Millennials’ behaviors influence HEINEKEN USA's consumer approach
Demographic having positive affect on imported beer sales
In a recent Beverage Industry Special Report, the publication highlighted the impact that millennials are having on the U.S. market. Brand owners are no stranger to the growing influence this demographic is having and are making concerted efforts to stay on top of the latest trends associated with millennials.
In a conversation with Brian Walsh, senior director of consumer and market insights at HEINEKEN USA, Beverage Industry learns how the imported beer company is being affected and responding to the millennial generation.
BI: How does your company define the millennial demographic?
BW: We define millennials as those born between 1982 and 1997; so, 21- to 36-year-old consumers.
BI: What are some consumer behavior qualities that your company has taken notice of?
BW: What we notice most clearly is that LDA+ consumers are not just consuming beer; they’re looking outside the beer category and consuming products across all beverage alcohol. In addition, we are seeing less brand loyalty. Millennials are shopping across a spectrum of brands and thus are not making a choice between one or two. As such, we have done a tremendous amount of work to understand drinking occasions; those consumption moments that call for a specific beverage type or even a specific brand. We’ve identified four beer occasions: Me Time; Just Hanging Out; Food First; and Parties & Celebrations. We’ve been able to see that occasions really do matter in terms of who you’re with and what you’re doing in that moment. For example, Just Hanging Out, when you’re meeting up with or having over a few close friends to socialize over drinks, versus Me Time, when you’re enjoying a beer by yourself or with a significant other — the different occasions drive different behavior. We’ve also learned that during the Parties & Celebrations occasion millennials are more price sensitive and are more brand promiscuous than during the other occasions. Conversely, during the Me Time occasion, millennials are more price sensitive and more inclined to purchase their favorite, familiar brands.
BI: How have these qualities impacted how you approach this demographic?
BW: We ask, “What is that specific occasion mindset?” We make it about the brands consumed in the context of the occasion framework — what is driving the purchase and consumption choice? This has impacted the tools we use to reach and engage millennials. Historically, the millennial consumer would be reached through panels and phone calls. Today, we leverage mobile panels and surveys to reach the millennial consumer to track their buying behavior. We’re also improving our technology with a data management platform that reaches a new consumer and engages them in a more personalized way. We need to reach millennials in a way that makes sense for them and now we have a better understanding of how to meet their needs.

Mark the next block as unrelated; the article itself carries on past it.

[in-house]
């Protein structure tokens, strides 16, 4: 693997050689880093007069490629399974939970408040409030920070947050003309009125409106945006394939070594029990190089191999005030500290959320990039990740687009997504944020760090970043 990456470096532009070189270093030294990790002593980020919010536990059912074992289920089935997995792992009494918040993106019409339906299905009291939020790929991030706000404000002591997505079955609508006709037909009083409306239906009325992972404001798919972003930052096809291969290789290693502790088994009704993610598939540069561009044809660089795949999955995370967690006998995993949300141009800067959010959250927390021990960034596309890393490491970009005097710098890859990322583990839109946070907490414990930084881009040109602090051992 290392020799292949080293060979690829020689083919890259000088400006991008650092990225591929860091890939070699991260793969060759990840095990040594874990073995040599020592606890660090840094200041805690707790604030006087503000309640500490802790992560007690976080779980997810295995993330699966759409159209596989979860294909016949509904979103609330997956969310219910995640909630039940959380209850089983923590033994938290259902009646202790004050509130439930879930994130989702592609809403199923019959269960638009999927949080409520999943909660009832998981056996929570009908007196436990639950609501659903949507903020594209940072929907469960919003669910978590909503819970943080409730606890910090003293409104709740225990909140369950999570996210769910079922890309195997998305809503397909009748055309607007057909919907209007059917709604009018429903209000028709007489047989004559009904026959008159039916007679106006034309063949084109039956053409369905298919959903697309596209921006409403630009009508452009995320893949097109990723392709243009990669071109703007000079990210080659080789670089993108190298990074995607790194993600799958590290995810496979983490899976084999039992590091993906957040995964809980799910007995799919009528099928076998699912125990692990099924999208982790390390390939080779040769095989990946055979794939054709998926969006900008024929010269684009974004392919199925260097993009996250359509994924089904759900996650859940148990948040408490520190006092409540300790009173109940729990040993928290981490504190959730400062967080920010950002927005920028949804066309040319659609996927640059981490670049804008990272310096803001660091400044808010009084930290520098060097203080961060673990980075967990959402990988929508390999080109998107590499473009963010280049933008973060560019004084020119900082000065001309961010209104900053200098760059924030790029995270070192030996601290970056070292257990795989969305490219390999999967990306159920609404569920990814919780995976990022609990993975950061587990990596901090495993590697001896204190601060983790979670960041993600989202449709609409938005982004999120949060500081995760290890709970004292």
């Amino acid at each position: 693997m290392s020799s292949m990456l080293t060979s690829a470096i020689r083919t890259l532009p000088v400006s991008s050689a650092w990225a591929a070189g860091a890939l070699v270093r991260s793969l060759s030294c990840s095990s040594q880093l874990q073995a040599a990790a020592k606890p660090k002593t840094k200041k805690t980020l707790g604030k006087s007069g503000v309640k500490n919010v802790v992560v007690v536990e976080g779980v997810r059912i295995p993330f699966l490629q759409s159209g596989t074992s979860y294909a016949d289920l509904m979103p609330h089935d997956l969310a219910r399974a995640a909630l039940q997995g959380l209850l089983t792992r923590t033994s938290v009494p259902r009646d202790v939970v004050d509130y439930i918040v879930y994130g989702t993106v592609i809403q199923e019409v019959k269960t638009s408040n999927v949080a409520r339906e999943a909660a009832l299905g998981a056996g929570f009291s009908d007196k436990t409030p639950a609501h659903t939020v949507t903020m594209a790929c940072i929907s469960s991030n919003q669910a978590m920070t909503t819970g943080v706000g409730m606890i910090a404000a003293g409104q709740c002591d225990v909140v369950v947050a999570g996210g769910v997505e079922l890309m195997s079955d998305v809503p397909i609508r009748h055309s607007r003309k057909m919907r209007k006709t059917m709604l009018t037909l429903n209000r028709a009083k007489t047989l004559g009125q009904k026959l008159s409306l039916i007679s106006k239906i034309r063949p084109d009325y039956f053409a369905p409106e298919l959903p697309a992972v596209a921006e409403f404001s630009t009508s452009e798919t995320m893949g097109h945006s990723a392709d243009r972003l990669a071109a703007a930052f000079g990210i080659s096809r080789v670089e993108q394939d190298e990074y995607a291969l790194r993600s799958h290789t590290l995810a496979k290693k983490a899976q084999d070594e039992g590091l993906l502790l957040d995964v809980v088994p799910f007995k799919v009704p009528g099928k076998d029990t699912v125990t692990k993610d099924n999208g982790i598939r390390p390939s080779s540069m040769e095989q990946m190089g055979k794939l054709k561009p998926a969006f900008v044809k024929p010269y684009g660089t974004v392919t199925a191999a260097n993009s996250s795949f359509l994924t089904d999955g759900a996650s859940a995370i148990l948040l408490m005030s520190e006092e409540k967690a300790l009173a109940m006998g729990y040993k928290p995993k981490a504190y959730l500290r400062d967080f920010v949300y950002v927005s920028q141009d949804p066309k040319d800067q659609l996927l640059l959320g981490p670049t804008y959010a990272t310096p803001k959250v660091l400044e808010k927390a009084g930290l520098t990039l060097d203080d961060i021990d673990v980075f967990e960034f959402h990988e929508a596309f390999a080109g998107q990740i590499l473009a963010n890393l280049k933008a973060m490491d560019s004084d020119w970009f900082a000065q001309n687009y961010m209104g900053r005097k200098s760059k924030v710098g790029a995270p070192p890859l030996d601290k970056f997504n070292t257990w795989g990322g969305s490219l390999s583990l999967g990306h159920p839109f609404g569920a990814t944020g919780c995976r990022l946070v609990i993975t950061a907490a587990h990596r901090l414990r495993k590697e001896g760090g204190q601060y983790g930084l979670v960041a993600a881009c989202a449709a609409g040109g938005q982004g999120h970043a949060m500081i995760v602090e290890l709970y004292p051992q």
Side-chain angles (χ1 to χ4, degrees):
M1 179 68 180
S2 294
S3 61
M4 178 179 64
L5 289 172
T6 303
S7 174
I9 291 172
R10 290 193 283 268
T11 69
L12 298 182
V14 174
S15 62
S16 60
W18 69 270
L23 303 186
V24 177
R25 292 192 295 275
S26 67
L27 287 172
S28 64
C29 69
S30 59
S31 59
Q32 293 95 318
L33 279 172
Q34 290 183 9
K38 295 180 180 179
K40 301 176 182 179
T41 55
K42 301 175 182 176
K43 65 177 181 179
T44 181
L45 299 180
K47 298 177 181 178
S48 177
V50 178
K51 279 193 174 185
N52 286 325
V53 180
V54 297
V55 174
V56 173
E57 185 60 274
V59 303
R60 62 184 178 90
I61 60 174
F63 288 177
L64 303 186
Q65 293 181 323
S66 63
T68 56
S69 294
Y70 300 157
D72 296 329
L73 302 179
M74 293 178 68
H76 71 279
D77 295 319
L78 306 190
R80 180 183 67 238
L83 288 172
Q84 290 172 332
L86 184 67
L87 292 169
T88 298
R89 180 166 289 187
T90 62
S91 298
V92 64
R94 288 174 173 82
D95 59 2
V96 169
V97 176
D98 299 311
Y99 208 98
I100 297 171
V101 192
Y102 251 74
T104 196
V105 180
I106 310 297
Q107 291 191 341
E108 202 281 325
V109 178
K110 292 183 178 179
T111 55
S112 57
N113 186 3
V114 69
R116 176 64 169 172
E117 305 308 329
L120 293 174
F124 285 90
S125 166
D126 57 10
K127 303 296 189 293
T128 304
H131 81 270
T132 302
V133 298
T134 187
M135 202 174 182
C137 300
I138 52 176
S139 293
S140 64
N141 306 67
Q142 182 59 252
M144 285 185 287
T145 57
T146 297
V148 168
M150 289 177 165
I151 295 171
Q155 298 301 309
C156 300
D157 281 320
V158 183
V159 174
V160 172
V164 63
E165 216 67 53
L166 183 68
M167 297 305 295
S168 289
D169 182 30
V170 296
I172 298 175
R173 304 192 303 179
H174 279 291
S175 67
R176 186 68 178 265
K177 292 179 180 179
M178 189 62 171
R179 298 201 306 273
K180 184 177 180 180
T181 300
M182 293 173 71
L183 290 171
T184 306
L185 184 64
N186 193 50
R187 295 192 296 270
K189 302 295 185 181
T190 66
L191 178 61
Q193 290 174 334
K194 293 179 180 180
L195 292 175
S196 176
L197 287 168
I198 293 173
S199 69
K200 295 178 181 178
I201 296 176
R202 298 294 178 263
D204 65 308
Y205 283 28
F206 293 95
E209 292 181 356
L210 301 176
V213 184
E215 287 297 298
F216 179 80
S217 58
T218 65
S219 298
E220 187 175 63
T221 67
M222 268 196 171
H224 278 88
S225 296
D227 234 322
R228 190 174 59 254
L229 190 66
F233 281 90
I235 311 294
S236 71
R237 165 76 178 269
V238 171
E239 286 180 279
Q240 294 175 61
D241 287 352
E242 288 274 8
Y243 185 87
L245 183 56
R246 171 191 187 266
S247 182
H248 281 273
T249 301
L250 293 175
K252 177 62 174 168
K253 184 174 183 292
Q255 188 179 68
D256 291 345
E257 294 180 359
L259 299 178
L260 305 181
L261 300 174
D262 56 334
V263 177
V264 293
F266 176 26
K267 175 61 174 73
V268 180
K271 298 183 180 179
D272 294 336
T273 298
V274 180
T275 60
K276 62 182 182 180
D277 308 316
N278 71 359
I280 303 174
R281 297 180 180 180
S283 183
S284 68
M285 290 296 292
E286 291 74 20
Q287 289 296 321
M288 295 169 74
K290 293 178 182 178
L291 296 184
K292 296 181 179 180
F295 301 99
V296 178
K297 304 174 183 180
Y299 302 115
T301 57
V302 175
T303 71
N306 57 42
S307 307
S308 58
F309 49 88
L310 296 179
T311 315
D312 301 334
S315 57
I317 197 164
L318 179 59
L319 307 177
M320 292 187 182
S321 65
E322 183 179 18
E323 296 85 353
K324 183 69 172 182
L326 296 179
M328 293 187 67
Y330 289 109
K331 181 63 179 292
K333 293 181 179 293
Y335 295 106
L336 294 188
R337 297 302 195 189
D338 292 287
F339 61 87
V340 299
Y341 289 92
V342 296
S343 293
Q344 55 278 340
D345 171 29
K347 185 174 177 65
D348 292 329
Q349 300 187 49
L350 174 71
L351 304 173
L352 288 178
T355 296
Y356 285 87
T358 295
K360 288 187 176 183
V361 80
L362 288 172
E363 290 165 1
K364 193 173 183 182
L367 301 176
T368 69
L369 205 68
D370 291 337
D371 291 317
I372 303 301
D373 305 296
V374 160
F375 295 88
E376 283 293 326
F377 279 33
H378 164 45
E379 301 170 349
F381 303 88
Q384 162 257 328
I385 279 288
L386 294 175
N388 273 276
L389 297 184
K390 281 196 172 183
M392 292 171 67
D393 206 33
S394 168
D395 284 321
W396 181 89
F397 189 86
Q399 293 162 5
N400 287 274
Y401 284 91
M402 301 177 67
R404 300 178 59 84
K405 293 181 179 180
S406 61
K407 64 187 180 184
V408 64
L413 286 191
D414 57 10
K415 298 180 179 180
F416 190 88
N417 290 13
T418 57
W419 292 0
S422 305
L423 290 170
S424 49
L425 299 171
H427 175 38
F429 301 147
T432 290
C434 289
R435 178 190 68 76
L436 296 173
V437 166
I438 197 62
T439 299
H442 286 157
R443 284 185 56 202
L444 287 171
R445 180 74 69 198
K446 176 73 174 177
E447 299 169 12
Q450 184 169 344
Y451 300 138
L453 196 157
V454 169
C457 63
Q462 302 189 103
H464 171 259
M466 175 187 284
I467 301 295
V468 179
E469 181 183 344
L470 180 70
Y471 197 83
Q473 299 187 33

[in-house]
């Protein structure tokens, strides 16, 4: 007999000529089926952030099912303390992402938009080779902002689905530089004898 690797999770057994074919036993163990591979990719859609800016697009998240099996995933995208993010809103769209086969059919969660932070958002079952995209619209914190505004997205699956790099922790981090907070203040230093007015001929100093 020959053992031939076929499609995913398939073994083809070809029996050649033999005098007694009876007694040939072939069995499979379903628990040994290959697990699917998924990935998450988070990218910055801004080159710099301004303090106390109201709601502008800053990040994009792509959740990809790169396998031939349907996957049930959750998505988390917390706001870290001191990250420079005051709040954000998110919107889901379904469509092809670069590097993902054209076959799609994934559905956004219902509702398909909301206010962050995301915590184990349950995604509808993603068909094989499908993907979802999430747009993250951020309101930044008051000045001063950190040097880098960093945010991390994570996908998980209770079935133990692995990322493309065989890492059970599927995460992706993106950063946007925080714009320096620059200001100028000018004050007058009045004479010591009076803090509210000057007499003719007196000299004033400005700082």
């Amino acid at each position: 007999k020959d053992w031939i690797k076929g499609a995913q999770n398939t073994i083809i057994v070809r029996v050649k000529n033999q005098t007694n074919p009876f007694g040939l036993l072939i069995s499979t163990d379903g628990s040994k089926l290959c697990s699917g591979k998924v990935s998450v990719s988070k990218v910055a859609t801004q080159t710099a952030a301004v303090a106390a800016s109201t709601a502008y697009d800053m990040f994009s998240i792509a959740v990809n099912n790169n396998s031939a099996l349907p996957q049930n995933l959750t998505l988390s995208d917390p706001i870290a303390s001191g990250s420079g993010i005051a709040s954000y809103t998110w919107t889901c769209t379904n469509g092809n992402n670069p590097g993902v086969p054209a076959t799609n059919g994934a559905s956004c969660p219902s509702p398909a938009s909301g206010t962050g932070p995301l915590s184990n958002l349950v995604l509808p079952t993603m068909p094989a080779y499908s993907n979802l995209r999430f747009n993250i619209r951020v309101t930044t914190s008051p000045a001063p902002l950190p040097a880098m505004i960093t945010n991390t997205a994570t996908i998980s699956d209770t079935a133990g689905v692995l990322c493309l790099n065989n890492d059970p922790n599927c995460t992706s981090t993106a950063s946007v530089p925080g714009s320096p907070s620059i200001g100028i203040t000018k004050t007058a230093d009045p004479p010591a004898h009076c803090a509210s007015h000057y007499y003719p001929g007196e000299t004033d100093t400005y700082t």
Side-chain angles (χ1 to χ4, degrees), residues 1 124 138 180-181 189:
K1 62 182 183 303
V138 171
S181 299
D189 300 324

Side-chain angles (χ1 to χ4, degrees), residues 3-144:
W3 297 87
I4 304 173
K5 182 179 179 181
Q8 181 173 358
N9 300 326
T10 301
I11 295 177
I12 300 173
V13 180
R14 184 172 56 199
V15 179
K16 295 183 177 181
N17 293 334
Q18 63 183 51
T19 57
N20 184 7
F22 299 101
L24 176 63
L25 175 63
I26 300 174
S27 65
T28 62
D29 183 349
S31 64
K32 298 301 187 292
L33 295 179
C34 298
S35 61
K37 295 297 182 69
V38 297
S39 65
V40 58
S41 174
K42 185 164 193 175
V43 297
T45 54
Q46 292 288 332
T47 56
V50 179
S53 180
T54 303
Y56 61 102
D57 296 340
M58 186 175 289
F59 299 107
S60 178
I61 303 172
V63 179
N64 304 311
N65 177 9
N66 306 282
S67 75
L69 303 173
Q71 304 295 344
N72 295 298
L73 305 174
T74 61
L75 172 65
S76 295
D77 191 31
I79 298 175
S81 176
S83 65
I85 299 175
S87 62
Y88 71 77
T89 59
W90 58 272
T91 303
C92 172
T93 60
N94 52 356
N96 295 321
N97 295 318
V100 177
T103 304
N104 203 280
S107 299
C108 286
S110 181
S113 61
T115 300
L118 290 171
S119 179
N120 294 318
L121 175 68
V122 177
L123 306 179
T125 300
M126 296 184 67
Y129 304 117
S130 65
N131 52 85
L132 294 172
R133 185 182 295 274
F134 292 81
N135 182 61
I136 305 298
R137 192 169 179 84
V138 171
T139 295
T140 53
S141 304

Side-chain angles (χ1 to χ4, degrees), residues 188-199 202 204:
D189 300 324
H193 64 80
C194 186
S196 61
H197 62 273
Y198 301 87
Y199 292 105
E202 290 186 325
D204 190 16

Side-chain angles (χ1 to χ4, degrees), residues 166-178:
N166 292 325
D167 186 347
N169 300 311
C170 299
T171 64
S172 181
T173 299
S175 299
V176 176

BI: What impact are millennials having on the imported beer market?
BW: The millennial import shopper is driving a lot of the growth of imports, and imports continue to be a bright spot in the overall beer category. Further, the import shopper is much more likely to be multicultural. In fact, the millennial import beer shopper is 40 percent more likely to be Hispanic (Source: InfoScout mobile panel 52 weeks ending March 4, 2018) versus the average beer millennial shopper, and it’s the multicultural millennials who are driving the growth. Looking into other cultural demographics, we see that Asian consumers are much more likely to drink import rather than domestic beers during the Food First and Parties & Celebration occasions.
BI: How has that affected HEINEKEN USA’s marketing and merchandising of its core brands?
BW: Our marketing efforts — especially on-premise — put a focus on local activation to give us the ability to reach the consumer where they live, socialize and consume. Because we know millennials are more likely to know what they’re going to buy prior purchasing, but less likely to know what beer brand they will buy, reaching them in advance of the trip, having that conversation and driving brand awareness before is key. We are also developing our ability to micro-target, getting even more localized in our pre-shop communications, even down to the street and store level.
BI: As millennials age and potentially gain more purchase power, what opportunities do you foresee for HEINEKEN USA?
BW: The opportunity is the challenge. As we’ve said, millennials are promiscuous in their brand repertoire; it’s always about what’s next and what’s new. While that’s a challenge, it’s also an opportunity we can leverage by delivering the right products and innovations at the right time in the right places. Even as millennials are moving into a later life stage, we know they’re much more likely to continue to shop in small format outlets. This insight helps us to better merchandise in those environments in a way that is impactful and motivating, driving purchase and consumption. Additionally, we see the opportunity to craft and deliver brand messaging that is more relevant thus leading to greater share of mind and greater loyalty moving forward. The opportunities force us to re-look at the portfolio to ensure we have the right brands for millennials that meet their needs and fit within the different occasions we have identified.